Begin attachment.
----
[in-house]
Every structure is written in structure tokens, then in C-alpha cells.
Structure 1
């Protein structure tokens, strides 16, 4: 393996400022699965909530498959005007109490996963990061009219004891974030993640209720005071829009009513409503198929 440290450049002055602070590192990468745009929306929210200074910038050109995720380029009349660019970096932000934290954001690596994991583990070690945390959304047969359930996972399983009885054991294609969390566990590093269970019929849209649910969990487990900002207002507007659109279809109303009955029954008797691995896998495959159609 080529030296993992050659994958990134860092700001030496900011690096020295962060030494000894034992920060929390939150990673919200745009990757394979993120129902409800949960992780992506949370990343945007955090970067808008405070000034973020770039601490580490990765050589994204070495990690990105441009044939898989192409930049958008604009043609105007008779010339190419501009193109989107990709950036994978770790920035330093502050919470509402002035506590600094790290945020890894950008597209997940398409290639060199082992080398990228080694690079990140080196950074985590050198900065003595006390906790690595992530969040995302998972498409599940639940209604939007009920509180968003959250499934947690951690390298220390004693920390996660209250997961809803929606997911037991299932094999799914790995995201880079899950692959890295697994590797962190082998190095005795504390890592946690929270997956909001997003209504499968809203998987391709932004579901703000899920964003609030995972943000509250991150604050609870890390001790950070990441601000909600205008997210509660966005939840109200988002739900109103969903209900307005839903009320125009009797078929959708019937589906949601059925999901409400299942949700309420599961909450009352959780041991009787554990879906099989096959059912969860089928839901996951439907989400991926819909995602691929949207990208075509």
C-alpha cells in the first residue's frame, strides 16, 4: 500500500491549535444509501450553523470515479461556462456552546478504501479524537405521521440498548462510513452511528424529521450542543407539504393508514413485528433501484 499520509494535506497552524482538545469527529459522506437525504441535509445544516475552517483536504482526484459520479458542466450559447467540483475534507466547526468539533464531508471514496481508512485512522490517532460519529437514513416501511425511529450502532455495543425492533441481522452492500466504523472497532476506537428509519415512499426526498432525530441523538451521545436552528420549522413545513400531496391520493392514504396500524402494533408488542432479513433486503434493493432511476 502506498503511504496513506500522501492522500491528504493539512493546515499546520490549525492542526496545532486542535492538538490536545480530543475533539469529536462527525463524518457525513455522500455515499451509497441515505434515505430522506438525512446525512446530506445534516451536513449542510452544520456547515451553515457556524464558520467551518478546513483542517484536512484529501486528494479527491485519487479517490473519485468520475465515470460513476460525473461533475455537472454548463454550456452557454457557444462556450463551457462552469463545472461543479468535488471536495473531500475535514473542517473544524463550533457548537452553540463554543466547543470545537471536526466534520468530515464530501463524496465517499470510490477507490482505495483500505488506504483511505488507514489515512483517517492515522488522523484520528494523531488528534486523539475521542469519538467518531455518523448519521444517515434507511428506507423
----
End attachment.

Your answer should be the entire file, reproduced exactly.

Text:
[in-house]
Every structure is written in structure tokens, then in C-alpha cells.
Structure 1
């Protein structure tokens, strides 16, 4: 393996400022699965909530498959005007109490996963990061009219004891974030993640209720005071829009009513409503198929 440290450049002055602070590192990468745009929306929210200074910038050109995720380029009349660019970096932000934290954001690596994991583990070690945390959304047969359930996972399983009885054991294609969390566990590093269970019929849209649910969990487990900002207002507007659109279809109303009955029954008797691995896998495959159609 080529030296993992050659994958990134860092700001030496900011690096020295962060030494000894034992920060929390939150990673919200745009990757394979993120129902409800949960992780992506949370990343945007955090970067808008405070000034973020770039601490580490990765050589994204070495990690990105441009044939898989192409930049958008604009043609105007008779010339190419501009193109989107990709950036994978770790920035330093502050919470509402002035506590600094790290945020890894950008597209997940398409290639060199082992080398990228080694690079990140080196950074985590050198900065003595006390906790690595992530969040995302998972498409599940639940209604939007009920509180968003959250499934947690951690390298220390004693920390996660209250997961809803929606997911037991299932094999799914790995995201880079899950692959890295697994590797962190082998190095005795504390890592946690929270997956909001997003209504499968809203998987391709932004579901703000899920964003609030995972943000509250991150604050609870890390001790950070990441601000909600205008997210509660966005939840109200988002739900109103969903209900307005839903009320125009009797078929959708019937589906949601059925999901409400299942949700309420599961909450009352959780041991009787554990879906099989096959059912969860089928839901996951439907989400991926819909995602691929949207990208075509």
C-alpha cells in the first residue's frame, strides 16, 4: 500500500491549535444509501450553523470515479461556462456552546478504501479524537405521521440498548462510513452511528424529521450542543407539504393508514413485528433501484 499520509494535506497552524482538545469527529459522506437525504441535509445544516475552517483536504482526484459520479458542466450559447467540483475534507466547526468539533464531508471514496481508512485512522490517532460519529437514513416501511425511529450502532455495543425492533441481522452492500466504523472497532476506537428509519415512499426526498432525530441523538451521545436552528420549522413545513400531496391520493392514504396500524402494533408488542432479513433486503434493493432511476 502506498503511504496513506500522501492522500491528504493539512493546515499546520490549525492542526496545532486542535492538538490536545480530543475533539469529536462527525463524518457525513455522500455515499451509497441515505434515505430522506438525512446525512446530506445534516451536513449542510452544520456547515451553515457556524464558520467551518478546513483542517484536512484529501486528494479527491485519487479517490473519485468520475465515470460513476460525473461533475455537472454548463454550456452557454457557444462556450463551457462552469463545472461543479468535488471536495473531500475535514473542517473544524463550533457548537452553540463554543466547543470545537471536526466534520468530515464530501463524496465517499470510490477507490482505495483500505488506504483511505488507514489515512483517517492515522488522523484520528494523531488528534486523539475521542469519538467518531455518523448519521444517515434507511428506507423